The present invention can be more easily understood and the further advantages and uses thereof more readily apparent, when considered in view of the description of the preferred embodiments and the following figures in which:
FIG. 1 is a flow chart illustrating the operation of the present invention;
FIG. 2 depicts the timing advance duration associated with the present invention;
FIG. 3 depicts the load application delay times associated with the present invention;
FIGS. 4, 5 and 6 are timing diagrams illustrating the load application delay process; and
FIG. 7 is a block diagram showing the interaction of the key components of the present invention.
Before describing in detail the particular transient smoke reduction system in accordance with the present invention, it should be observed that the present invention resides primarily in a novel combination of steps and apparatus related to smoke reduction in a railroad locomotive. Accordingly, these hardware components and method steps have been represented by conventional elements in the drawings, showing only those specific details that are pertinent to the present invention, so as not to obscure the disclosure with structural details that will be readily apparent to those skilled in the art having the benefit of the description herein.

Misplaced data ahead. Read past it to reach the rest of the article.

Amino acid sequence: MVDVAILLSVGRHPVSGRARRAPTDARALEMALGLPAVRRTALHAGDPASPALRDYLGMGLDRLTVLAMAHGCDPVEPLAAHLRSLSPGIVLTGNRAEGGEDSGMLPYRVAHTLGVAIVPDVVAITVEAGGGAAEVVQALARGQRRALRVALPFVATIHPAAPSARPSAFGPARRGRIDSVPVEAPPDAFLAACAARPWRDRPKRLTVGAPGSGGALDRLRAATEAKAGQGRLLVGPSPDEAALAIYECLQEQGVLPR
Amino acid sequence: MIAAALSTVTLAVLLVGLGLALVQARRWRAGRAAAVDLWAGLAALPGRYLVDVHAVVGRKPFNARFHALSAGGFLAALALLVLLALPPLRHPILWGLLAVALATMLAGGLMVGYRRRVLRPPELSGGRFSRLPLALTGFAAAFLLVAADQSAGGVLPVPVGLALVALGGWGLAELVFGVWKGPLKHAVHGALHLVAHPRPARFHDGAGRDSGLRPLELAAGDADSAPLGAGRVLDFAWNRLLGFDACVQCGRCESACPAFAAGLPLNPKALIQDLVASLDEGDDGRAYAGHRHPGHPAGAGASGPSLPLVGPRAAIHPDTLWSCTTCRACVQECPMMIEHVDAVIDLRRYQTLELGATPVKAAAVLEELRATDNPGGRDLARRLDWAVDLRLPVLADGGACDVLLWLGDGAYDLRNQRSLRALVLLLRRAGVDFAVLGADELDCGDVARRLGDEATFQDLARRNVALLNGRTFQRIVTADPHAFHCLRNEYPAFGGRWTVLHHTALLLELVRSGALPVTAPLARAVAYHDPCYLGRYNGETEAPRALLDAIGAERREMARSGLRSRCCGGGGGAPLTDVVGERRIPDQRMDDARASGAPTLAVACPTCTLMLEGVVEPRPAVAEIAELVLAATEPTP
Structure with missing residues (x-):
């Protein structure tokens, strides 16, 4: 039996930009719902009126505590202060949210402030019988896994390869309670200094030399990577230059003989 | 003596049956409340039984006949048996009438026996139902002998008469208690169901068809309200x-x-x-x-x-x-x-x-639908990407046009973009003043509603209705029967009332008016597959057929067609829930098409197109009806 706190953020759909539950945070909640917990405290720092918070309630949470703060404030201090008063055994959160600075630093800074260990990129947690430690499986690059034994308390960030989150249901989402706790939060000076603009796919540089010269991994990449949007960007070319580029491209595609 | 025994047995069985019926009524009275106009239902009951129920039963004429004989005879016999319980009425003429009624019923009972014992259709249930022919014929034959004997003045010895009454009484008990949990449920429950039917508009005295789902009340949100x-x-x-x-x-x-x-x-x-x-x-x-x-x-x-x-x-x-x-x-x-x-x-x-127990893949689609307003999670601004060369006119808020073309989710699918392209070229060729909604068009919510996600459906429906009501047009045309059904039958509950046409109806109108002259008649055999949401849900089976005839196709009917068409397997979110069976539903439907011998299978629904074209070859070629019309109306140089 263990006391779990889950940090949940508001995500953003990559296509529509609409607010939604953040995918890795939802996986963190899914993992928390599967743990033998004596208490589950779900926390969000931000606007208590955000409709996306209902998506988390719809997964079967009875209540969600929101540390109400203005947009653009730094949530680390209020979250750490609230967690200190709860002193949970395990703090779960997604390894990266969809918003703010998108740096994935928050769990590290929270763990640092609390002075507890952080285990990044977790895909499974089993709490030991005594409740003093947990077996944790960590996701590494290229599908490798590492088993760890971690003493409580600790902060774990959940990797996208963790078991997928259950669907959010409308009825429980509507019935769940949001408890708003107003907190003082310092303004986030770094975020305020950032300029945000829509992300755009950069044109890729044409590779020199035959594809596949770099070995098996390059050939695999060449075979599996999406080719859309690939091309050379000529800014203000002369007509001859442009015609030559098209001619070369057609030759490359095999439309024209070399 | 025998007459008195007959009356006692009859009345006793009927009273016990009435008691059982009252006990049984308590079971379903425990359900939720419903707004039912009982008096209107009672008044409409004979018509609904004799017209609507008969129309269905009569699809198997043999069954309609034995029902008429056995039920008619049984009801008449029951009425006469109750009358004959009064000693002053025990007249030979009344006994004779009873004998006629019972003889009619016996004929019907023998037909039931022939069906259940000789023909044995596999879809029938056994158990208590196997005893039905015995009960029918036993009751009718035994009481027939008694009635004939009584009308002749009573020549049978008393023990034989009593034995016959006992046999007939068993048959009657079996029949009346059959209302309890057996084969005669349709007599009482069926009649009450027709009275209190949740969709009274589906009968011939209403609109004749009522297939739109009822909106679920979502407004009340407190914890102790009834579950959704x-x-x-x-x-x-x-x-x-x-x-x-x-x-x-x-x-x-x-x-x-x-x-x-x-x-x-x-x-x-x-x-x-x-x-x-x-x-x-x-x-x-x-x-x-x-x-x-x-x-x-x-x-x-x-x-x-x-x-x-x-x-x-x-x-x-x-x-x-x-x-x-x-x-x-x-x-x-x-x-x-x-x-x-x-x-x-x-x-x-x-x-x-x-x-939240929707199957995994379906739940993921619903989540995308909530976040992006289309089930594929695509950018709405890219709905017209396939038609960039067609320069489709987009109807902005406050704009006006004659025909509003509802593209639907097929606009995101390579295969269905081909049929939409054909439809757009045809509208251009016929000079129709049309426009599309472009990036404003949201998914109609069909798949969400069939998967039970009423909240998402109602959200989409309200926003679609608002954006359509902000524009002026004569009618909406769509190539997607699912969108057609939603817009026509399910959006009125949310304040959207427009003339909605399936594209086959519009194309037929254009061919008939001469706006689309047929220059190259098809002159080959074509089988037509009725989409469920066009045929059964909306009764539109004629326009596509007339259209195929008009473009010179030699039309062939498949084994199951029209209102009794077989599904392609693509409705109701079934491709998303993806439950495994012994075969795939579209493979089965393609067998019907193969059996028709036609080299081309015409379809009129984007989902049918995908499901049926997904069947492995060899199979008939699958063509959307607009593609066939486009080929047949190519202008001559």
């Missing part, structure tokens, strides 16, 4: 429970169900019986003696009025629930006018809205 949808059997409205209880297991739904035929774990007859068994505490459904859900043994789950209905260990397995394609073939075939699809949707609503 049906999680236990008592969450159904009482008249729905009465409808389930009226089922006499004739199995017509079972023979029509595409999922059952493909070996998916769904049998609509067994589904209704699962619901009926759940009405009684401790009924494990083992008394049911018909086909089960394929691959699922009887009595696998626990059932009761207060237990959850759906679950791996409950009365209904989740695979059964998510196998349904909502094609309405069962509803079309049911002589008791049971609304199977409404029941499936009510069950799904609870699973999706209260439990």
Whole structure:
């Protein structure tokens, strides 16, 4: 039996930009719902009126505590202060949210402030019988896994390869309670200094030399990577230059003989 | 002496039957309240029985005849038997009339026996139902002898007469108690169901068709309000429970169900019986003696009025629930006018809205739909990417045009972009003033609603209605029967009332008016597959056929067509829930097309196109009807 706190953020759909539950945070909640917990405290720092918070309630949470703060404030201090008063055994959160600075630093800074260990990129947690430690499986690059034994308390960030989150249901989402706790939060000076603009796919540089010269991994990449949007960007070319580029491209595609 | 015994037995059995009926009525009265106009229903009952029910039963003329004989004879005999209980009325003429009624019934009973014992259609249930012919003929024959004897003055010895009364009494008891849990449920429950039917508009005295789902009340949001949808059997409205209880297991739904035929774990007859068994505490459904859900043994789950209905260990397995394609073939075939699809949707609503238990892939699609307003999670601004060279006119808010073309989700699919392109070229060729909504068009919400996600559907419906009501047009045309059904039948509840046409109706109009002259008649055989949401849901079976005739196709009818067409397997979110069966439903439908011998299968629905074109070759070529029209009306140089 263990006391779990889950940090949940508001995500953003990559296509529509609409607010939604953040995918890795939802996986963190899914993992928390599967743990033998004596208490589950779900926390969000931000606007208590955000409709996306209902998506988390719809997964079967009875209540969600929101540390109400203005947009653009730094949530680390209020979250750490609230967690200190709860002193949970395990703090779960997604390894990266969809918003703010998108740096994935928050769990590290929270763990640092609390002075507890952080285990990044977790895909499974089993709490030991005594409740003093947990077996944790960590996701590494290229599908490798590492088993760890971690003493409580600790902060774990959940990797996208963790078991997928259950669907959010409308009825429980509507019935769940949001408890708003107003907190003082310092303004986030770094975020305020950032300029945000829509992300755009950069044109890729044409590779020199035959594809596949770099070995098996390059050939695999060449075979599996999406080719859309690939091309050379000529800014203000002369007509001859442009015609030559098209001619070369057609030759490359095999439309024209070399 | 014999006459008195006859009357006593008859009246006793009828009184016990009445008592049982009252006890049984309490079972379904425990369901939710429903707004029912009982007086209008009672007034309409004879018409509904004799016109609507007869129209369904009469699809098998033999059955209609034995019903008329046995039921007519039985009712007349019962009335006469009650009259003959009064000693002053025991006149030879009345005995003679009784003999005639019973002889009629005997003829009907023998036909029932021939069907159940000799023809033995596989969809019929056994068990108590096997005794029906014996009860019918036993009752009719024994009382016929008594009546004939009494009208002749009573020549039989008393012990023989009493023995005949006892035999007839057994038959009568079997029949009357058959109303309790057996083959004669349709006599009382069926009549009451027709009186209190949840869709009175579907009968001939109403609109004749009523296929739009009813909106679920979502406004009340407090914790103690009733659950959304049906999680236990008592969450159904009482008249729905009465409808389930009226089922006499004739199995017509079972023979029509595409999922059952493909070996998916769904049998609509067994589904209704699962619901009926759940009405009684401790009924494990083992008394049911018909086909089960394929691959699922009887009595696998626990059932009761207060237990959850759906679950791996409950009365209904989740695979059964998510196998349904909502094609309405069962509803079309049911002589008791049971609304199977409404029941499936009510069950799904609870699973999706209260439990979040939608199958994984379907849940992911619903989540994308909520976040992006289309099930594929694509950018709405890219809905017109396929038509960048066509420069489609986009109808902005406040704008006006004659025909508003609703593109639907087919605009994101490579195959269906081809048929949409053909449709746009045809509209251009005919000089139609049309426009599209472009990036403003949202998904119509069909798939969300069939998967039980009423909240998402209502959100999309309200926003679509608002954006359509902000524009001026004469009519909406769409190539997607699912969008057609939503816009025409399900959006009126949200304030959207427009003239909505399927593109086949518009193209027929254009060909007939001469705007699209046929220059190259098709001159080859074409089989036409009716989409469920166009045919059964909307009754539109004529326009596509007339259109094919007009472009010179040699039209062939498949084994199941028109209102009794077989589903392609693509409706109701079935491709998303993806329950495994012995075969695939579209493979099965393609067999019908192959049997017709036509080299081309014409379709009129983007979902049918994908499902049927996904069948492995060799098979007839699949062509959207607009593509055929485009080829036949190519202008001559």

In conjunction with the present invention, it has been shown that smoke reduction is more sensitive to load application delay when starting from lower notches and more sensitive to transient timing advancement when starting from higher notches. Further, it has been shown that the duration during which the timing advance is applied is as important as the quantitative value of the timing advance, in degrees.